These statistics paint a clear picture of how Social Security is doing and where it might be headed.
More than 65 million people depend on Social Security for some or all of their income, but Social Security’s financial shape is expected to deteriorate over the coming decades. Here are some eye-opening statistics about the current state of Social Security, its beneficiaries, its financial state, and how we could fix it for future generations of retirees.
1. About 65.1 million people received benefits from Social Security in 2015. This figure is already up to about 66 million in Nov. 2016. So, not only is Social Security the nation’s largest retirement plan, but it is growing rapidly and projected to continue to swell in size.
2. Social Security benefits made up 5% of the U.S. gross domestic product in 2015. This translates to more than $886 billion paid to beneficiaries.
3. Sixty-one percent of Social Security retirement benefit recipients received at least half of their income from Social Security, which is designed to replace 40% of the average retiree’s pre-retirement income. Since a popular rule of thumb states that retirees should expect to need 80% of their pre-retirement income to live comfortably, this implies that six in 10 people may be too reliant on Social Security.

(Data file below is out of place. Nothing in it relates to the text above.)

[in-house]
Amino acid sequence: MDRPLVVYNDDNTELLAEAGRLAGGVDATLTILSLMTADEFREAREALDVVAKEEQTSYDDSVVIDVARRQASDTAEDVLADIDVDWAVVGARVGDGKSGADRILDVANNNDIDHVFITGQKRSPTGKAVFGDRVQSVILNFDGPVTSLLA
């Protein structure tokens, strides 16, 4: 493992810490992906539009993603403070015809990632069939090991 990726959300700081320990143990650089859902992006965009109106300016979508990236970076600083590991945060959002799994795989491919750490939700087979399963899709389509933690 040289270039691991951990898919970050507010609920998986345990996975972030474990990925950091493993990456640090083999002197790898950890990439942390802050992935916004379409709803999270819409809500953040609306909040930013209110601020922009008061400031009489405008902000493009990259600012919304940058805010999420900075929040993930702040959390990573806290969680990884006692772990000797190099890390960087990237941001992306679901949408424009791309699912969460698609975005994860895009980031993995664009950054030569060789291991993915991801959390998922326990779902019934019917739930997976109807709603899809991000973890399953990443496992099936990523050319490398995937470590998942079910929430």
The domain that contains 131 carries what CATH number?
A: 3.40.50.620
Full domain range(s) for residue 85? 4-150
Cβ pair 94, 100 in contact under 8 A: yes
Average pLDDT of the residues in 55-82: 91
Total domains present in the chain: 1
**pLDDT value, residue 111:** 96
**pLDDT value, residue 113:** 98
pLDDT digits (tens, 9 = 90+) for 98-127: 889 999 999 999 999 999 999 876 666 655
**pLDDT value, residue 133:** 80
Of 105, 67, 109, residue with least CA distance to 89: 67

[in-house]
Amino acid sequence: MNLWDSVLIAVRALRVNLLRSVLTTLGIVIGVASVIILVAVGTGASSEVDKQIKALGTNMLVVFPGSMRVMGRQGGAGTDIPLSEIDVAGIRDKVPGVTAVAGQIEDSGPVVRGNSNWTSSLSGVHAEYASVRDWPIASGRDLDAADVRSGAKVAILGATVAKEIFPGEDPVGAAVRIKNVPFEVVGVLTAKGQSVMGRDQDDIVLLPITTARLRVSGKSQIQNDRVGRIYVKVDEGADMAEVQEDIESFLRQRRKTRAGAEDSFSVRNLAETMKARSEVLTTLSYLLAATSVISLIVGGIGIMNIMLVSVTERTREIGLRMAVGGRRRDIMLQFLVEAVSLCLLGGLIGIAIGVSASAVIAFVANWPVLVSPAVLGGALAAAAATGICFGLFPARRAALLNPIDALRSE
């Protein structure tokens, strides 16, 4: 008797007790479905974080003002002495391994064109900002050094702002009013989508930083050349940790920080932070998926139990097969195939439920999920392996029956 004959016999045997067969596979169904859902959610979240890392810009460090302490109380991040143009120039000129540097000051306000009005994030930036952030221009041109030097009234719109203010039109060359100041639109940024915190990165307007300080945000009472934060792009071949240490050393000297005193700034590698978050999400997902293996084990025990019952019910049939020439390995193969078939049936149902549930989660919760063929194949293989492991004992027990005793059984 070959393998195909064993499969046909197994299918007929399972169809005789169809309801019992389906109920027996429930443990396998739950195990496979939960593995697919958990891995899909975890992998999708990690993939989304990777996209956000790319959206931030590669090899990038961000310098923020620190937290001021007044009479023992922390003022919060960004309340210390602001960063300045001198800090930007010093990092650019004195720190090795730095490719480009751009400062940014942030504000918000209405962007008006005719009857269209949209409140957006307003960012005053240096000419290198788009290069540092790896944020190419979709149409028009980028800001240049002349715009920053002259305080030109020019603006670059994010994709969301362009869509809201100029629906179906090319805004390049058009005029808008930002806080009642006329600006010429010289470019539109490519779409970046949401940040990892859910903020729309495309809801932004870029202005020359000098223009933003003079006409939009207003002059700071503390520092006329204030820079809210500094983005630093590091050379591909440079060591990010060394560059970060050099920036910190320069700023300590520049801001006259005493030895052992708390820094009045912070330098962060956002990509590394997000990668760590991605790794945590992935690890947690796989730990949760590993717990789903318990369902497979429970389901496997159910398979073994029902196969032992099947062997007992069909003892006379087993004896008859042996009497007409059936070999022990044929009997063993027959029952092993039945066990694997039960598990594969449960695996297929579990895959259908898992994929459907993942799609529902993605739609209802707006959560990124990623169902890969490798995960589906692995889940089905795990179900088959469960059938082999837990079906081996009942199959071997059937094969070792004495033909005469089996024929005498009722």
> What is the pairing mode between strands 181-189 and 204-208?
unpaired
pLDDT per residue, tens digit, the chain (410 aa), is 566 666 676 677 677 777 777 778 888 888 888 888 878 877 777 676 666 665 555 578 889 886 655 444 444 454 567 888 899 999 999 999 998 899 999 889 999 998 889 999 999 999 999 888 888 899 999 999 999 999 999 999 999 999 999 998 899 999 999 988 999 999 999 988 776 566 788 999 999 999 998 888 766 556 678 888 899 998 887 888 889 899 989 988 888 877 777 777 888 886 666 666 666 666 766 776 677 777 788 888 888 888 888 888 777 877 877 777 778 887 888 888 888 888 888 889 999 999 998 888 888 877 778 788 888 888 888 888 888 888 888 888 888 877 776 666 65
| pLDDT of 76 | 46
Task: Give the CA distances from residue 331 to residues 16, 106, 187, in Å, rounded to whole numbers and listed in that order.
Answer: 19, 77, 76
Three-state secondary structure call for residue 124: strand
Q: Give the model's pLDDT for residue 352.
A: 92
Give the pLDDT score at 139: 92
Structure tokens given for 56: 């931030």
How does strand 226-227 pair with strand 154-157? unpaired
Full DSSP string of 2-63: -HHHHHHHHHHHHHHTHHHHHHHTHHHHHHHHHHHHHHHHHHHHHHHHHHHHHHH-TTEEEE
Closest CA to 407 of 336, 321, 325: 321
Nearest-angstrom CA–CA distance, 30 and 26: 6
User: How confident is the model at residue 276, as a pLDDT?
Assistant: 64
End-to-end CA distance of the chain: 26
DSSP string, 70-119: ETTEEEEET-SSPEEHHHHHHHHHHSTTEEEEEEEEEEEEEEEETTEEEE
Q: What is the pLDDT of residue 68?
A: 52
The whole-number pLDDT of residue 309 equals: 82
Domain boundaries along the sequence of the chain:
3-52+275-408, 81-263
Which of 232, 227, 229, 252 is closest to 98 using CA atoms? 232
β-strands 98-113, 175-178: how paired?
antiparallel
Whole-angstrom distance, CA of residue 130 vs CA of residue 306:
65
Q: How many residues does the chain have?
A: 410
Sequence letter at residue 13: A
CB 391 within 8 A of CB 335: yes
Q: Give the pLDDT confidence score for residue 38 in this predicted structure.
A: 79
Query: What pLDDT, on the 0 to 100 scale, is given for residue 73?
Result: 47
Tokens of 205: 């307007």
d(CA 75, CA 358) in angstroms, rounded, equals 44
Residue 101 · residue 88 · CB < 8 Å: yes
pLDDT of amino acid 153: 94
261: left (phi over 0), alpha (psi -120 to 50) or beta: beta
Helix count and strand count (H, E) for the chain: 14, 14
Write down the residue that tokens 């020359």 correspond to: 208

4. Thirty-three percent of beneficiaries rely on Social Security for 90% or more of their income. This one is really scary. One-third of aged Americans rely on Social Security for substantially all their income in retirement. The average benefit for a retired worker is $1,355, which translates to an annual income of $16,260. Could you live on that?
5. Median annual income for married couples rose significantly over the past 40-plus years. Even when adjusting for inflation, median income rose 143% for couples and 122% for singles, as compared with 1962. In other words, even with the negative statistics that I just presented, today’s retirees have substantially more income than the average retiree did in the 1960s.
6. Despite many common misconceptions about Social Security being “broke,” the program ran a surplus in 2015. In fact, 2.5% of Social Security’s revenue was added to the trust fund to build up reserves.
7. Speaking of reserves, the Social Security Trust Fund is expected to have more than $2.8 trillion in reserves at the end of 2016. In addition, the program is projected to run a surplus through 2019. After that, however, deficits are expected for the foreseeable future, and these reserves are projected to be exhausted by 2034, at which point only about three-fourths of promised benefits will be able to be paid. There are two main ways to fix the problem — benefit cuts or tax increases.
You can read the other half of this article on USA Today: http://usat.ly/2j9SFMD